As I have argued in previous blog posts, regional entities are unique organizational and institutional elements of contemporary international relations. How we take them into account remains a question. In my view, they could represent significant new ‘state’ actors in the global and regional governance architecture.
And so we have included ASEAN in CIGI’s expanded BRICs constellation – BRICSAM. Paul Bowles, an economist at the University of Northern British Columbia (yes, there is such an institution – at Prince George and through the north and I am assured by Paul it is quite beautiful) has undertaken an examination of ASEAN in the context of CIGI Andy Cooper’s Economic Diplomacy Project (ably assisted by Agata Antkiewicz – Research Coordinator). This Project focuses on the Heligendamm Process of G7/8 and the O5 or G5 (Brazil, China, India, Mexico and South Africa).
Entitled, “ASEAN and the G8: Potentially Productive Partners or Two Ships Passing in the Night?” the piece tackles the possibility of a fit of ASEAN with the O5 and in turn the relationship of these BRICSAM countries with the G7/8. In looking at ASEAN Paul has the additional burden of determining how to look at ASEAN – what is the leadership of this regional entity , and how to evaluate it’s impact and involvement with the other BRICSAM countries when it has no real presence, at this juncture, in the HP process.
A first order of business is to determine if ASEAN is a bona fide member of the BRICSAM club. As argued in an earler blog post, the HP process has identified at least two ‘structural’ BRICSAM categories, the traditional BRIC characterization – economic strength or leverage and a more behavioral characteristic – ‘diplomatic leverage.’ The first is created in the BRIC analysis of Goldman Sachs but as we point out, and notwithstanding the ground breaking research by Goldman Sachs, there is no necessary relationship between economic power and poltical influence in global and regional governance. It is the old debate of potential power versus its application. Thus, the CIGI BRICSAM analysis recognizes that what characterizes and separates the BRICSAM from other ‘large’ developing countries is both economic leverage but additionally, ‘diplomatic leverage.’ Now what about this later category?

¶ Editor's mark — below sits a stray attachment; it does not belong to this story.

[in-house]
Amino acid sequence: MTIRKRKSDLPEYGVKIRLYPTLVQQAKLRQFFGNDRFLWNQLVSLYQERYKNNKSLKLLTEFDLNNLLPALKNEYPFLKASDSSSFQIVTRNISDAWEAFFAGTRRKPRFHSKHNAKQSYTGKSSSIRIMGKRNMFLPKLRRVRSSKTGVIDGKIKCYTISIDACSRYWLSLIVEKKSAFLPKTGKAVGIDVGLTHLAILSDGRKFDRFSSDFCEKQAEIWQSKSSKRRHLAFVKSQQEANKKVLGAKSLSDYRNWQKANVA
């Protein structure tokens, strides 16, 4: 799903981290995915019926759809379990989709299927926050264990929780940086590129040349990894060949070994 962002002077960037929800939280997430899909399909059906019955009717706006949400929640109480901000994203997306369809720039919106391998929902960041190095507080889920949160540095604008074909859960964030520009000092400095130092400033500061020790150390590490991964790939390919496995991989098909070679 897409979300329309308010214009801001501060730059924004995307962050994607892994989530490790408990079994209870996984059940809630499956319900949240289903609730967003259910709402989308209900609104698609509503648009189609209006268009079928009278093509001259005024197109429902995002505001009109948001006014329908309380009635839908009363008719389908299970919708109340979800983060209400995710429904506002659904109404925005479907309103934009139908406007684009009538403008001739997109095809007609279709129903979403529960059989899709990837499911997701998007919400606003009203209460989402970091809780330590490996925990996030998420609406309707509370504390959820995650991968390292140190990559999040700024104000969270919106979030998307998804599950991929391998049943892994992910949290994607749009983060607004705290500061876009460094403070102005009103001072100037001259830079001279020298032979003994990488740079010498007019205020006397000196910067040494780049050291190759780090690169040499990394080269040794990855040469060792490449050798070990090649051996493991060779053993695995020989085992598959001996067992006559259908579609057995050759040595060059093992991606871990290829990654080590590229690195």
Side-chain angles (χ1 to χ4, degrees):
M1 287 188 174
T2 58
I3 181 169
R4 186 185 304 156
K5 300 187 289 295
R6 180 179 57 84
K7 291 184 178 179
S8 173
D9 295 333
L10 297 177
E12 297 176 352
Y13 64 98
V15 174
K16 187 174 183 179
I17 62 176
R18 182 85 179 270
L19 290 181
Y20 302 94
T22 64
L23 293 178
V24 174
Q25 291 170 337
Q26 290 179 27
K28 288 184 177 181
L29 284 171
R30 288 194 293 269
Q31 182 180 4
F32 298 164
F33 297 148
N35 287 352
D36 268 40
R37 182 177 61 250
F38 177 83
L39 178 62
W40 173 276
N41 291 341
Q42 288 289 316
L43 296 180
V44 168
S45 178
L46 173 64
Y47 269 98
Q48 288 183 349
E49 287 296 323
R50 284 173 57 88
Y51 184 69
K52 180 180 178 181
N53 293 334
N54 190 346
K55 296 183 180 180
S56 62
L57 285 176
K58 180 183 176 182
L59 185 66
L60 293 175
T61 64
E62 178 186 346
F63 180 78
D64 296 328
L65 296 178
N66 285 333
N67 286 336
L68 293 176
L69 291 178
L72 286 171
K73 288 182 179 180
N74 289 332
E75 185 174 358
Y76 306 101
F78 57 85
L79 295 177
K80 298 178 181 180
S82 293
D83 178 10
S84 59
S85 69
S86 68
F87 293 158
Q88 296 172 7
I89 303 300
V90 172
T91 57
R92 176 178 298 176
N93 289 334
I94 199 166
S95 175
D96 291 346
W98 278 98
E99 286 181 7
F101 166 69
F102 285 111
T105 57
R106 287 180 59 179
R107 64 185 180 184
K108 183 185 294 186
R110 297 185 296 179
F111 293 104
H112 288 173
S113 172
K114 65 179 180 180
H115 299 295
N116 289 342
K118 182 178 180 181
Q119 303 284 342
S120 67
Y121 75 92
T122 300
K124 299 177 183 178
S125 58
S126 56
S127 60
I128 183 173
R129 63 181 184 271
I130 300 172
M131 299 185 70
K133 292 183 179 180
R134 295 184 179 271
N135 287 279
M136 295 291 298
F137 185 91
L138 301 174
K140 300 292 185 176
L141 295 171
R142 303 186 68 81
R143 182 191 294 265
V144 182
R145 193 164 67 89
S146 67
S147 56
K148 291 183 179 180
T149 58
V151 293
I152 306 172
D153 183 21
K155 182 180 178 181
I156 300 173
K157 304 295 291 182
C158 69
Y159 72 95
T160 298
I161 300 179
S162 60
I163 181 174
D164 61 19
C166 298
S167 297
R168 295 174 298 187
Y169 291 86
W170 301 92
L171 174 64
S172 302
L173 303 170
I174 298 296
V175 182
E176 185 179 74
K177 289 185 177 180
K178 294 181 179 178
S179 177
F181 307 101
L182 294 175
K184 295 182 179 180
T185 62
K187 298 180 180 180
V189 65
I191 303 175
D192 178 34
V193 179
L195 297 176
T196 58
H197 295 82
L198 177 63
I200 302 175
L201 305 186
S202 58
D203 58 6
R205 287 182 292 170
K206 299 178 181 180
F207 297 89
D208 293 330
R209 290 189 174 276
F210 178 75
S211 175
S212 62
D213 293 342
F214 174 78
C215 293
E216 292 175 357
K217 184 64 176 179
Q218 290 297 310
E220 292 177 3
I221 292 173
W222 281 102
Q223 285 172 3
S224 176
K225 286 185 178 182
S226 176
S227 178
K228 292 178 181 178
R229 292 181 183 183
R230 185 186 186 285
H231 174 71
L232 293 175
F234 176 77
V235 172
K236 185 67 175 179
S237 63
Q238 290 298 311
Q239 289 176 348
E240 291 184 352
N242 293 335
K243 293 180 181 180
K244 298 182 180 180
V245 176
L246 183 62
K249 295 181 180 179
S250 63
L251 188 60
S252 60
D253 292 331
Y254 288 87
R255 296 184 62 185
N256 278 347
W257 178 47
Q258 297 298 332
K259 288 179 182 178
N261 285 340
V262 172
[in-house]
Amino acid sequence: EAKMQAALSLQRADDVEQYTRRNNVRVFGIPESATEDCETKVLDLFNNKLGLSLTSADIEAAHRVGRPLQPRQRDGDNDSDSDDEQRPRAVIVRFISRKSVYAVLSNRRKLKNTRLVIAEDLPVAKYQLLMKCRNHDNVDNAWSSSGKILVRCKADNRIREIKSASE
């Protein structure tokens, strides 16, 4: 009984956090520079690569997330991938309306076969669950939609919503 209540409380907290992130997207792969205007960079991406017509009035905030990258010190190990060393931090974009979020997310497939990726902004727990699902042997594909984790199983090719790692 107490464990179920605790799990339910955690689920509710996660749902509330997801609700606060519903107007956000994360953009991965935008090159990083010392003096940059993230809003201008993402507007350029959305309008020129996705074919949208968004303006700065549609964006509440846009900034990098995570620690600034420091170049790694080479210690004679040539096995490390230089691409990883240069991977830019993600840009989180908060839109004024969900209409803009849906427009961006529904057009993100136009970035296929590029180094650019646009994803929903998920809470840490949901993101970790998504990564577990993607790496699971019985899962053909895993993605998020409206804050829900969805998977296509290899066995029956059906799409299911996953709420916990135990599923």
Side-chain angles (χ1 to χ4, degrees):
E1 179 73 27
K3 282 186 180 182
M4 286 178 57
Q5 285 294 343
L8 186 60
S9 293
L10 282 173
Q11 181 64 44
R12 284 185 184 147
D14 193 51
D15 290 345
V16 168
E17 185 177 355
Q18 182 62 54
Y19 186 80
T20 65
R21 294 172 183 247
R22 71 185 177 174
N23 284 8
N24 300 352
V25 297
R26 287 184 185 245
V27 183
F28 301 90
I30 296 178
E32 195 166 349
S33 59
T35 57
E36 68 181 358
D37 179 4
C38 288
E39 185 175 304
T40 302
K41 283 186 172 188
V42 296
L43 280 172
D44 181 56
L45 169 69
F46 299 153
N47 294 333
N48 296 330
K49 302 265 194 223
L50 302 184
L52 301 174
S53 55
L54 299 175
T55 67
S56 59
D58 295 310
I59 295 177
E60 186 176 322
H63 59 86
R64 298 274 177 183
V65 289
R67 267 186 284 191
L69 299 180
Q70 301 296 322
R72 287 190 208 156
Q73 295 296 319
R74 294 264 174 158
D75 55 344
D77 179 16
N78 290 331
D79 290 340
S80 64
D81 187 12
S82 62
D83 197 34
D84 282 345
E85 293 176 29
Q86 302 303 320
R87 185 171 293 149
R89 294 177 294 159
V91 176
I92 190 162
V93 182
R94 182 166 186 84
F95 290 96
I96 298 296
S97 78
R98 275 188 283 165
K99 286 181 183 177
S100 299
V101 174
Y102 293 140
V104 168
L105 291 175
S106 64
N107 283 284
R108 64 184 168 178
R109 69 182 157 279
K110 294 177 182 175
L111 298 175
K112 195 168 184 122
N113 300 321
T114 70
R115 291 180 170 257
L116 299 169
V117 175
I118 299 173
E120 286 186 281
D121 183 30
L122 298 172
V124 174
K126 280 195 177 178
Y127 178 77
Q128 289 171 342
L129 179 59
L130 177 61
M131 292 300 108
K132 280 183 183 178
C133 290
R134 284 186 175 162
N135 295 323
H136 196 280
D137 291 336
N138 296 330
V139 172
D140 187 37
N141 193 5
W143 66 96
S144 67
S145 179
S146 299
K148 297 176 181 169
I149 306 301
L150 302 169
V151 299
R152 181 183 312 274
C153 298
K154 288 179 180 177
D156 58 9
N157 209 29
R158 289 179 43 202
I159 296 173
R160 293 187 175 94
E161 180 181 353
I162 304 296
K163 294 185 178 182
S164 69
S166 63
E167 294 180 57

As we’ve noted the HP Project has suggested that country engagement by these newly emerging large economies is a characteric for the BRICSAM countries. Now that leaves us with an operationalization issue that has not yet been tackled. It also leaves with an aggregation issue. Can we measure ‘BRICSAMness’ through some ‘combination’ of economic and diplomatic leverage? If we want to do that how do we measure the combination of potential and actual diplomatic involvement. Now Paul doesn’t tackle this problem but those of at CIGI will need to put our minds to it in the future.
Now if you look at the leadership question, some have argued that you can identify Indonesian leadership as an appropriate representative for ASEAN. The choice of Indonesia has attractions. The largest economy in the ASEAN 4 – the big countries of Indonesia, Malaysia, Thailand and the Philippines or the ASEAN 5 – including Singapore or ASEAN 6 including Brunei Darussalam. It is the largest Muslim country in the world and as the tables presented by Paul identify a significant GDP, $364 billion (current USD) plus a significant average GDP growth rate of over 4 percent since 2000. Yet its GDP is larger but not significantly than South Africa – the smallest of the BRICSAM (and a question mark in the BRIC analysis and the reason for its non inclusion) and seems to have limited diplomatic engagement on its own.
If you look at economic leverage, however, and avoid just a country representativeness focus instead looking at a group leadership of some form – say the ASEAN 5, the GDP for the ASEAN 5 is $969 billion that is larger than any BRICSAM country except China and Brazil. And ASEAN has significant global trade. However, on diplomatic leverage there is little influence other than in the regional governanace context. There, especially the ASEAN plus three or APT – that is ASEAN plus China, Japan and the Republic of Korea – represents a signficant regional governance organization. But what the leadership of the organization remains hard to describe. I would not think the ASEAN Secretariat would be adequate and we’d like look at some executive committee including not just the Secretariat but Secretariat plus say Indonesia and Thailand or Philippines or Malaysia and/or Singapore. Yet even beyond this as Paul argues in an upfront conclusion in the chapter, “Economically, ASEAN remains important but its “diplomatic prowess” is open to question. On one reading, ASEAN is an ineffective organization and, as such, is unlikely to be of significant interest to a G8 seeking to enhance its own effectiveness.” indeed, Paul concludes not only is ASEAN not a likely target for extended G7/8 membership but ASEAN itself is more focused on its regional governance role. As Paul argues, “Participation of ASEAN’s Secretary-General or Indonesia’s Prime Minister as ASEAN’s representative in an expanded G8 offers much less in terms of both the broadness of participation and the influence over the agenda than ASEAN is able to achieve through its role in the wider East Asian regional formulation of ASEAN+3.” At least with respect to the G7/8 ASEAN may not be a good fit. Yet ASEAN may still be an important regional governance institution.